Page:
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Steinbeck

“The relationship of Americans to their President is a matter of amazement to foreigners. Of course we respect the office and admire the man who can fill it, but at the same time we inherently fear and suspect power. We are proud of the President, and we blame him for things he did not do. We are related to the President in a close and almost family sense; we inspect his every move and mood with suspicion. We insist that the President be cautious in speech, guarded in action, immaculate in his public and private life; and in spite of these imposed pressures we are avidly curious about the man hidden behind the formal public image we have created. We have made a tough but unwritten code of conduct for him, and the slightest deviation brings forth a torrent of accusation and abuse.

The President must be greater than anyone else, but not better than anyone else. We subject him and his family to close and constant scrutiny and denounce them for things that we ourselves do every day. A Presidential slip of the tongue, a slight error in judgment — social, political, or ethical — can raise a storm of protest. We give the President more work than a man can bear. We abuse him often and rarely praise him. We wear him out, use him up, eat him up. And with all this, Americans have a love for the President that goes beyond loyalty or party nationality; he is ours, and we exercise the right to destroy him.”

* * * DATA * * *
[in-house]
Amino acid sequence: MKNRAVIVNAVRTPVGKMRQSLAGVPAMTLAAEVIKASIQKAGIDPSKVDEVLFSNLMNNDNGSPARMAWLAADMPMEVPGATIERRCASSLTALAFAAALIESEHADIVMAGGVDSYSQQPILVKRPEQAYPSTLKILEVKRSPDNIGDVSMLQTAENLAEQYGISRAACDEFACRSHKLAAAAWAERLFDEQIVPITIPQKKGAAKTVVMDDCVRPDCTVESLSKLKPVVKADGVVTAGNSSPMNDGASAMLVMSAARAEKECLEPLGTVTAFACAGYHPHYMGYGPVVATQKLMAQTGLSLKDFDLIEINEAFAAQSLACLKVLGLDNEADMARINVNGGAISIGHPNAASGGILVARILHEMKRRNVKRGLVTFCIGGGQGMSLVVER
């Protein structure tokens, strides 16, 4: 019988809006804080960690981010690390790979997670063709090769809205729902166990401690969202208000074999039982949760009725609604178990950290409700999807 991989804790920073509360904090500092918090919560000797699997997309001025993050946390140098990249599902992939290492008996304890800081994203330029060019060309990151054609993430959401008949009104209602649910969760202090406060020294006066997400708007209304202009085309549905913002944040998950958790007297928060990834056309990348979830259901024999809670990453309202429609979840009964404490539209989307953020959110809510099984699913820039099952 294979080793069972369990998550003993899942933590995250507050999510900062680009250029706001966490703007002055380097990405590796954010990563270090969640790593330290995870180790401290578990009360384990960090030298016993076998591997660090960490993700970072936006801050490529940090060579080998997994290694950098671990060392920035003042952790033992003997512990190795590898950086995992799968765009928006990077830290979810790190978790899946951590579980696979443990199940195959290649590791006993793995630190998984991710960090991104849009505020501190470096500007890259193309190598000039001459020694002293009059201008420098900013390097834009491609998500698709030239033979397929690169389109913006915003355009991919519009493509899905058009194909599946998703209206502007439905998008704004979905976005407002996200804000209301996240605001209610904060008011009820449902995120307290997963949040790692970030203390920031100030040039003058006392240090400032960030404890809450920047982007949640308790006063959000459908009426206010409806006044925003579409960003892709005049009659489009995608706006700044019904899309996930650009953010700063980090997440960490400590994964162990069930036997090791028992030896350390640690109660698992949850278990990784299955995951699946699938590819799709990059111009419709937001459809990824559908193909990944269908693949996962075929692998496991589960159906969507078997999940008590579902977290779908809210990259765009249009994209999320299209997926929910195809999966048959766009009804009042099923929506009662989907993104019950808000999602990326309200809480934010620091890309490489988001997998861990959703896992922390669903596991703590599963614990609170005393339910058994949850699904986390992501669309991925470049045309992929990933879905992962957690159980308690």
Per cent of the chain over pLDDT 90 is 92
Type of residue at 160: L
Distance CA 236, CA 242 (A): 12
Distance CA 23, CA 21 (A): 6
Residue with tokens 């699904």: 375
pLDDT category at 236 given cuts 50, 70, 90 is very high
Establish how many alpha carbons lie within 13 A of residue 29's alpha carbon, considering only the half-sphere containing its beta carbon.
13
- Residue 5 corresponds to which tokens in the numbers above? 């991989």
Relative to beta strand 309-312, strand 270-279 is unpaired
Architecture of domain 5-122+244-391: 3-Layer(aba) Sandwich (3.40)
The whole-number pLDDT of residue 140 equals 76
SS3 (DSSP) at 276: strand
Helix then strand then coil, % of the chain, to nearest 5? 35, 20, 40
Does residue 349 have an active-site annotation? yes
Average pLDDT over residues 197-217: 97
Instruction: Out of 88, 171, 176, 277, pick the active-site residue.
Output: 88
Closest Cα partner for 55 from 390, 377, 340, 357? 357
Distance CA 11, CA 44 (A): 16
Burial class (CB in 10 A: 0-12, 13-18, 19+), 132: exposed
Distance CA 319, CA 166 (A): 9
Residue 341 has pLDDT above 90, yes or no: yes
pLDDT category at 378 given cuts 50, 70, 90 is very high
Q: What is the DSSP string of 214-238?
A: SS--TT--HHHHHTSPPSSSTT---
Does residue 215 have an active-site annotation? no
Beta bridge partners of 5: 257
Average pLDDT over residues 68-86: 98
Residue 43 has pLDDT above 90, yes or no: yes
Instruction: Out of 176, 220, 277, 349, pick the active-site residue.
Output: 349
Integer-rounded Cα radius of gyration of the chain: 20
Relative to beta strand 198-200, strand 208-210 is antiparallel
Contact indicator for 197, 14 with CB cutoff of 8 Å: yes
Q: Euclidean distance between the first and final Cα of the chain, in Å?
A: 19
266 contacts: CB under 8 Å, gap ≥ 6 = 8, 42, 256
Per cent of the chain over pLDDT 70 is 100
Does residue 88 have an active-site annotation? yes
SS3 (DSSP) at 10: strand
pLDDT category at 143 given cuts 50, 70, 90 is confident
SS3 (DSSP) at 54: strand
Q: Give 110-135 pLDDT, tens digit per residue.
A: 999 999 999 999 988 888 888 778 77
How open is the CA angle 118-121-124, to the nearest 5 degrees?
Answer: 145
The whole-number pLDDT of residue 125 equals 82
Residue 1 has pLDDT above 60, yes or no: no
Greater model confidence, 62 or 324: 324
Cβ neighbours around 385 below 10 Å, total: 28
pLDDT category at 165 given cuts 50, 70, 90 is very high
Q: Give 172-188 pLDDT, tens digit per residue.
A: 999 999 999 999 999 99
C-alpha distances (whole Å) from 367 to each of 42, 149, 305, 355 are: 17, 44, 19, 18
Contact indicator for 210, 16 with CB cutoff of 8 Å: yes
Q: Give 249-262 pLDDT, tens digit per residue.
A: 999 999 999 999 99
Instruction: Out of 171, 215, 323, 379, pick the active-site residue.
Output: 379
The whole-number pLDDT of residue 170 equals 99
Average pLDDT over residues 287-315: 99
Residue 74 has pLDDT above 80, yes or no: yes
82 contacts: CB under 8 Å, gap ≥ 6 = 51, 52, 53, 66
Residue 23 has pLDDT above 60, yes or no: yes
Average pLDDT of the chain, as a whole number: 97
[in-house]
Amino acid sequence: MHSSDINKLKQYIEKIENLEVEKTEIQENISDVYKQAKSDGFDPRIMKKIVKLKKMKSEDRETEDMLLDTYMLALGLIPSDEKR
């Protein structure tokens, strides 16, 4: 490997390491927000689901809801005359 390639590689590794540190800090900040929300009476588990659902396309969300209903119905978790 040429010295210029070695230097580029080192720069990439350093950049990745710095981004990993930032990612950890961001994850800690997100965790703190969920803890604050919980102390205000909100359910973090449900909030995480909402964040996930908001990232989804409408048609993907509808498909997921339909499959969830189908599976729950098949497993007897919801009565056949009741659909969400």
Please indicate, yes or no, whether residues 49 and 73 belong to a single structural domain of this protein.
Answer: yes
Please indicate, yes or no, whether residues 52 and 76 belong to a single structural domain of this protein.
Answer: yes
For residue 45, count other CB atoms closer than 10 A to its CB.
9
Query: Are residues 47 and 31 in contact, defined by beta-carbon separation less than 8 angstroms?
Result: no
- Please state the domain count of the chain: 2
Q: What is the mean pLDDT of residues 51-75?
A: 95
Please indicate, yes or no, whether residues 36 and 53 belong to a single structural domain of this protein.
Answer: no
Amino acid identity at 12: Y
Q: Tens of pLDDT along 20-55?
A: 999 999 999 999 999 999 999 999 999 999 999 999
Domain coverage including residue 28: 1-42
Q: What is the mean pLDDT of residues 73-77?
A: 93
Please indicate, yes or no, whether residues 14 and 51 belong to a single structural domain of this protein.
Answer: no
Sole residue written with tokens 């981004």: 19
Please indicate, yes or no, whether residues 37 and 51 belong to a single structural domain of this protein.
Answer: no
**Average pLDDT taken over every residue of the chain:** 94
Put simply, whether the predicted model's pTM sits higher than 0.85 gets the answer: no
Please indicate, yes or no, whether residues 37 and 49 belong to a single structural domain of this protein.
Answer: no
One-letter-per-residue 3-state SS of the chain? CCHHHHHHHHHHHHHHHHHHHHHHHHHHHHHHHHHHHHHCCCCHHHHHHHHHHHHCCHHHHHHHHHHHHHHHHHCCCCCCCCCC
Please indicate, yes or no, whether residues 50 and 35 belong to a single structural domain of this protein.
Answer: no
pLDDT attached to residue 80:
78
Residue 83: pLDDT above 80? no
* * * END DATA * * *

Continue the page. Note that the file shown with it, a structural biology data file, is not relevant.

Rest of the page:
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From John Steinbeck’s essay “Government of the People,” published in his 1966 book America and Americans and Selected Nonfiction.

I had never heard about this lesser-known work of Steinbeck’s until yesterday, when I read William Vollman’s essay “Life as a Terrorist: Uncovering My FBI file” in the newest edition of Harper’s magazine. In this account, the FBI’s bumblings and hysterical misappraisals of Vollman and his friends are counterposed to the sagelike voice of Steinbeck, that most native of American authors, whose understanding of the American project — especially its sincerity and idealism, and how it may be cynically twisted by the powerful — still echoes into our own age.

I highly recommend Vollman’s essay as well as Jonathan Franzen’s “A Different Kind of Father”, a look at literature and paternalism, in the September edition of Harper’s.